American Watercolor in the Age of Homer and Sargent
March 1, 2017 - May 14, 2017
How watercolor became an American phenomenon
This extraordinary gathering of rarely seen masterpieces traces the rise of a uniquely American medium. Shaped by the genius of Winslow Homer and John Singer Sargent, the watercolor movement tells a story about innovation, experimentation, and the creation of bold new ways of seeing the world.
Experience one of the country’s great artistic legacies through stunning landscapes and illustrations, and designs for ceramics and stained glass.
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Conversations with Creators: American Watercolor with Landscape Architect Laurie Olin
Laurie Olin, one of the world’s most renowned landscape architects, has had a lifelong passion for watercolor. Discover how the watercolors of Winslow Homer, John Singer Sargent, and others have inspired his work.
The Rise of Watercolor in the United States
Although widely practiced in the US before the Civil War, watercolor painting existed at the margins of the professional art world. Considered the domain of amateurs, women, and commercial artists, it drew little interest from the mainstream painters of the mid-1800s.
In Vaudeville (Dancer with Chorus), 1918 Charles Demuth, American [ More Details ]
Watercolor’s reputation changed with the creation of the American Watercolor Society in 1866. Its annual exhibitions soon became the most liberal forum in New York, uniting artists of all ages, styles, and backgrounds. Drawing talent from the ranks of illustrators, who used watercolor on the job, and gaining strength from the Impressionists and landscape artists, who sketched in watercolor outdoors, the movement also welcomed new arts and crafts designers.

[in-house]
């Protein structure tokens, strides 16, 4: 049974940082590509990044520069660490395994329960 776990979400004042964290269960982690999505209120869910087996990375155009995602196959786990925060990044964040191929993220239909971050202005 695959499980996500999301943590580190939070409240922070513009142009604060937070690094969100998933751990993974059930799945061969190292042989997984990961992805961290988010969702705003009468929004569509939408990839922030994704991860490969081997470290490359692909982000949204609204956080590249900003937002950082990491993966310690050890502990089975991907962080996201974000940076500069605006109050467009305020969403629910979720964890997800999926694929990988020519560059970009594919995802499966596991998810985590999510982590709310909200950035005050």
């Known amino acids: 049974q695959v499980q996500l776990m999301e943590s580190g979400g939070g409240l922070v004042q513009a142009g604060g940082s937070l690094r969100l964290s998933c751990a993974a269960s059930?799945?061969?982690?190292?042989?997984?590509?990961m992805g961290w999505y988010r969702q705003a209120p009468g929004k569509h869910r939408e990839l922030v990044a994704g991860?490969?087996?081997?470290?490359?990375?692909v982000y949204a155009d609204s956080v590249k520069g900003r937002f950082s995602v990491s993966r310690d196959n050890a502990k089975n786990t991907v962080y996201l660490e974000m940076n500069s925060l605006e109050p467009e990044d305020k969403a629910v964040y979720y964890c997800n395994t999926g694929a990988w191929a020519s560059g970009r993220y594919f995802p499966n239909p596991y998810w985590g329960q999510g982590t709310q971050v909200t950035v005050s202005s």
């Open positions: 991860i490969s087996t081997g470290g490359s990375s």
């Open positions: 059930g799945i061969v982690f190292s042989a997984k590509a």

The buzz attracted collectors, who sparked the interest of yet more artists. By the early 1880s, every corner of the American art world was represented in the Society’s galleries: avant-garde painters returning from Europe, the old guard learning new tricks, illustrators looking for “fine art” status, and women artists seeking an entrée.
The American watercolor movement created stars like Homer, John La Farge, Thomas Moran, and William Trost Richards, artists who would remain dedicated to the medium for decades. Thomas Eakins, George Inness, and others rode the wave through its peak in the 1880s. Together, their work produced a taste for watercolor among younger artists and eager collectors that would endure through the turn of the century, inspiring a new crop of illustrators such as Maxfield Parrish and Jessie Willcox Smith, decorators from the circle of Louis C. Tiffany, and plein air masters Childe Hassam, Maurice Prendergast, and Sargent.
Thanks to the legacy of Homer, Sargent, and their contemporaries, the next generation—Charles Demuth and Edward Hopper among them—would choose watercolor as a principal medium. Within fifty years, the Modernists would demonstrate that the reputation of watercolor had been rebuilt as a powerful and versatile “American” medium.
American Watercolor in the Age of Homer and Sargent will be accompanied by a fully illustrated catalogue, produced by the Philadelphia Museum of Art and distributed by Yale University Press.
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This exhibition is made possible by The Henry Luce Foundation, The Mr. and Mrs. Raymond J. Horowitz Foundation for the Arts, The Pew Charitable Trusts, the Robert J. Kleberg, Jr. and Helen C. Kleberg Foundation, The Robert Montgomery Scott Endowment for Exhibitions, The Harriet and Ronald Lassin Fund for Special Exhibitions, The Center for American Art at the Philadelphia Museum of Art, Ball Family Foundation, The Jill and Sheldon Bonovitz Exhibition Fund, Mr. and Mrs. William C. Buck, Kathy and Ted Fernberger, Marguerite and Gerry Lenfest, Leslie Miller and Richard Worley, Marsha and Richard Rothman, Clarice Smith, Boo and Morris Stroud, Winsor & Newton, and other donors.
The accompanying catalogue has been generously supported by the Wyeth Foundation for American Art and The Andrew W. Mellon Fund for Scholarly Publications at the Philadelphia Museum of Art.
Kathleen A. Foster, The Robert L. McNeil, Jr., Senior Curator of American Art, and Director, Center for American Art
Dorrance Special Exhibition Galleries, first floor
Tickets are $5 after general admission. Members receive unlimited access; reserved tickets required.
Pay What You Wish admission does not apply.